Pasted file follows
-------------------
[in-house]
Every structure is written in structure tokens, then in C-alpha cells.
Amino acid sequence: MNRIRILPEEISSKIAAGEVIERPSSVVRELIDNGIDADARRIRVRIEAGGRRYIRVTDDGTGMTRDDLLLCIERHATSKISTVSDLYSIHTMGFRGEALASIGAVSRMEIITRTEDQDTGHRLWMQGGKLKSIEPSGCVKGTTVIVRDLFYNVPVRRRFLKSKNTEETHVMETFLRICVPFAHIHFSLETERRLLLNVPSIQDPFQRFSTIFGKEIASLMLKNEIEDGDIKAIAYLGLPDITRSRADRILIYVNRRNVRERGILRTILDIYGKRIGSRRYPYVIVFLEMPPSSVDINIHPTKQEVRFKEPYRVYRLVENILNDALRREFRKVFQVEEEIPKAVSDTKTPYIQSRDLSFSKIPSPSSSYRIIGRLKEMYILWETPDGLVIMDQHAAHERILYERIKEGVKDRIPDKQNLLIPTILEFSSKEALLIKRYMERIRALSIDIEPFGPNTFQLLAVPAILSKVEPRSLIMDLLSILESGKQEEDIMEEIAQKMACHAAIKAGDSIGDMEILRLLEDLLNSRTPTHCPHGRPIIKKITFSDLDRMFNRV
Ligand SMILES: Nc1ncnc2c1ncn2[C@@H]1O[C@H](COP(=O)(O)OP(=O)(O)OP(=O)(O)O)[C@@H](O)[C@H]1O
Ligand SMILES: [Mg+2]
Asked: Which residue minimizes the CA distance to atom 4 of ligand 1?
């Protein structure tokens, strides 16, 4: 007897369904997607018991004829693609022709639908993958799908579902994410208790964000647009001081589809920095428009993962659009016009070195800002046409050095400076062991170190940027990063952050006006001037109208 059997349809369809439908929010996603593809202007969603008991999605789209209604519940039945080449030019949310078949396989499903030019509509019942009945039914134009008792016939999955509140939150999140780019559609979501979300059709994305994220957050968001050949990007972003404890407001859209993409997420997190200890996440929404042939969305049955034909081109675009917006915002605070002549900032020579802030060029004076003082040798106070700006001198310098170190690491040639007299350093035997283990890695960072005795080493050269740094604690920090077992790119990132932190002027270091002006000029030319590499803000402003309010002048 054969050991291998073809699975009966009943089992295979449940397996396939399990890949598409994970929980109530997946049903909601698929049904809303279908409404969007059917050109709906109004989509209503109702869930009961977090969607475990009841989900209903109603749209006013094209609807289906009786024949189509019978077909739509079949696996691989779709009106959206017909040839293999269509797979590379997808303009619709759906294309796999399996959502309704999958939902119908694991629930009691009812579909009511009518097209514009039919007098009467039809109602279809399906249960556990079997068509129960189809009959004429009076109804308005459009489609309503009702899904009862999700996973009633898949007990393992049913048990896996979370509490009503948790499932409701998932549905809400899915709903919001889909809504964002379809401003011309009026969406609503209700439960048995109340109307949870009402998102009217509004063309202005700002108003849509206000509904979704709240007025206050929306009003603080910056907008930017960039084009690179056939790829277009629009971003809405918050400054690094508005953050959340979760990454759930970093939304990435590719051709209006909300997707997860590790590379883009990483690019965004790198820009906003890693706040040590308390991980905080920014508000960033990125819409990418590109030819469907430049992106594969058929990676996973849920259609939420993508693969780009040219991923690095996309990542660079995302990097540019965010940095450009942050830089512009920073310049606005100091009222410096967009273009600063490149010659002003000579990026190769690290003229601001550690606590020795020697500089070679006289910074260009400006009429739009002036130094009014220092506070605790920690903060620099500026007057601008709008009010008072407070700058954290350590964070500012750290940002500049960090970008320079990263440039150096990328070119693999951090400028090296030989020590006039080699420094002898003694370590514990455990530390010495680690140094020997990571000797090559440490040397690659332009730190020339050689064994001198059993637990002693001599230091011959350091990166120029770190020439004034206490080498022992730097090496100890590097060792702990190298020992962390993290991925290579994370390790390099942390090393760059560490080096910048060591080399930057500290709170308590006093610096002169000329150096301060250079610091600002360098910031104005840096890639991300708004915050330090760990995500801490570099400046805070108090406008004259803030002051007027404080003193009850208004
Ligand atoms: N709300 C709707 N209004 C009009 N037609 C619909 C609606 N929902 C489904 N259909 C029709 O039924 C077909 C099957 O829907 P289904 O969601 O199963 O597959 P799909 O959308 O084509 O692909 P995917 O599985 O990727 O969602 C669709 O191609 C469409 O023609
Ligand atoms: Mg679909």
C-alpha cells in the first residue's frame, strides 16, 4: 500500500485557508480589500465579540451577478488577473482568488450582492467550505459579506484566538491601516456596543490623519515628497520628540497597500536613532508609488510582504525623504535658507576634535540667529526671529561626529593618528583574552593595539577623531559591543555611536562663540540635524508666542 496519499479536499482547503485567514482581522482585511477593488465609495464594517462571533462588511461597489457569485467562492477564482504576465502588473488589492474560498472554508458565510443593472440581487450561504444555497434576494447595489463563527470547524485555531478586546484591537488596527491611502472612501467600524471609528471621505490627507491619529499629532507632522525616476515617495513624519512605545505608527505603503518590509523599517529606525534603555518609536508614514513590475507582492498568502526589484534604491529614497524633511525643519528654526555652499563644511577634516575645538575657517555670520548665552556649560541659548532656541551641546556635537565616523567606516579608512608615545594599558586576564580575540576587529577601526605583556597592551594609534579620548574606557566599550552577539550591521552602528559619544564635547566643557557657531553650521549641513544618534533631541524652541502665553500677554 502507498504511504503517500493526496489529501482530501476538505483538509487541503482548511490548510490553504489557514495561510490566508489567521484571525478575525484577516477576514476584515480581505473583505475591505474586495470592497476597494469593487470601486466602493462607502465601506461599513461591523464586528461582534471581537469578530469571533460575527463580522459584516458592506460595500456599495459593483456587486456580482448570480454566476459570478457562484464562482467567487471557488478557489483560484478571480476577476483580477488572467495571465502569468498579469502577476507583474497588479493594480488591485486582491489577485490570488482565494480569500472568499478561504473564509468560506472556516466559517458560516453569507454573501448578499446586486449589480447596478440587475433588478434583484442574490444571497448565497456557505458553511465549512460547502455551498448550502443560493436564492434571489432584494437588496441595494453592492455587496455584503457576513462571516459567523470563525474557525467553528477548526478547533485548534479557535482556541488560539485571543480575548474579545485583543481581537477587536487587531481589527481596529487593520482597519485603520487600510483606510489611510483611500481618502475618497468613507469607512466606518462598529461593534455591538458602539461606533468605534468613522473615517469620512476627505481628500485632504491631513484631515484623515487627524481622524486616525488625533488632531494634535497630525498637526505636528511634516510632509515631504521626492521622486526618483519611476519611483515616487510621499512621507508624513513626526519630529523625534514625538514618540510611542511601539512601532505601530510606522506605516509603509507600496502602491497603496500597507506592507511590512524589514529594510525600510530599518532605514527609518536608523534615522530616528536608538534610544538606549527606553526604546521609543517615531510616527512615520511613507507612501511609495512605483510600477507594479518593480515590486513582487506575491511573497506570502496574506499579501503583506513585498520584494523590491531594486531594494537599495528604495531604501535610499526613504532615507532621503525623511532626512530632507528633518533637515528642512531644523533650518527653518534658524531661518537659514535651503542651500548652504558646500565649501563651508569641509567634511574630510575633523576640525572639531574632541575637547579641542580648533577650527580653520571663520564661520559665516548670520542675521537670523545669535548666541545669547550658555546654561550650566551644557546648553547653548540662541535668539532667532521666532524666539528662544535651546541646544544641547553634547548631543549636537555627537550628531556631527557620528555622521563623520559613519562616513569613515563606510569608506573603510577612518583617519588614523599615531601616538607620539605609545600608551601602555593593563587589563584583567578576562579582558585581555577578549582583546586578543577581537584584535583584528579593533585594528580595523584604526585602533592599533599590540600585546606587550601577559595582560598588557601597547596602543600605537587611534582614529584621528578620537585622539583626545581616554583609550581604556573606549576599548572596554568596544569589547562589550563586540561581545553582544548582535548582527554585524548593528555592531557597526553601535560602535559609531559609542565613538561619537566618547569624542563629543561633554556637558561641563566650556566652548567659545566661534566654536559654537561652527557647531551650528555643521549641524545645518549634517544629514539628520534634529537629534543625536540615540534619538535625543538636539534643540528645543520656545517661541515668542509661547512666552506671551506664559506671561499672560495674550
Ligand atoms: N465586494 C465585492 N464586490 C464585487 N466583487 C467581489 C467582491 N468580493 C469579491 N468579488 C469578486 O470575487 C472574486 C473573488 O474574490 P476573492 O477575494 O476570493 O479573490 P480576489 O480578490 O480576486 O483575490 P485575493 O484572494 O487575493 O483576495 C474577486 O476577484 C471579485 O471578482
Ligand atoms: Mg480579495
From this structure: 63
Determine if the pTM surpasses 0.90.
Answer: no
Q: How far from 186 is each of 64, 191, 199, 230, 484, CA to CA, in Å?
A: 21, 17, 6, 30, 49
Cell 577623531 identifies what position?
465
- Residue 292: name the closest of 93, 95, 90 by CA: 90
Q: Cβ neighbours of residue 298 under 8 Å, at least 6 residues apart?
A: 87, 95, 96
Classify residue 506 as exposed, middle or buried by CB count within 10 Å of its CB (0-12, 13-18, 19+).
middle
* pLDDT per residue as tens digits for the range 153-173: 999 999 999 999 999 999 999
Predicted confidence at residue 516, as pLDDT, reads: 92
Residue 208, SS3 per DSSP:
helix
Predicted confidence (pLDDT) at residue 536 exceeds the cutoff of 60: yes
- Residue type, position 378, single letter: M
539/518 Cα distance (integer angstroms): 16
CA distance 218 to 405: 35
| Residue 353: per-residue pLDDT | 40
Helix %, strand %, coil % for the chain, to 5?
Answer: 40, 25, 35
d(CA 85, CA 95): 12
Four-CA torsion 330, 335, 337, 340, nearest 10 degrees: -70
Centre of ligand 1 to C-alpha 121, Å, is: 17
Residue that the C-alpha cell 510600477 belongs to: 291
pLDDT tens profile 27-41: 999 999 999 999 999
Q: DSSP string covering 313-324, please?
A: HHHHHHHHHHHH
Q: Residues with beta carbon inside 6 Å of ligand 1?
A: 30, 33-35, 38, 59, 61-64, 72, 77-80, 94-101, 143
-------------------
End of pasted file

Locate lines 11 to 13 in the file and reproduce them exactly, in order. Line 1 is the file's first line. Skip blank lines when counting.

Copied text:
Ligand atoms: N465586494 C465585492 N464586490 C464585487 N466583487 C467581489 C467582491 N468580493 C469579491 N468579488 C469578486 O470575487 C472574486 C473573488 O474574490 P476573492 O477575494 O476570493 O479573490 P480576489 O480578490 O480576486 O483575490 P485575493 O484572494 O487575493 O483576495 C474577486 O476577484 C471579485 O471578482
Ligand atoms: Mg480579495
From this structure: 63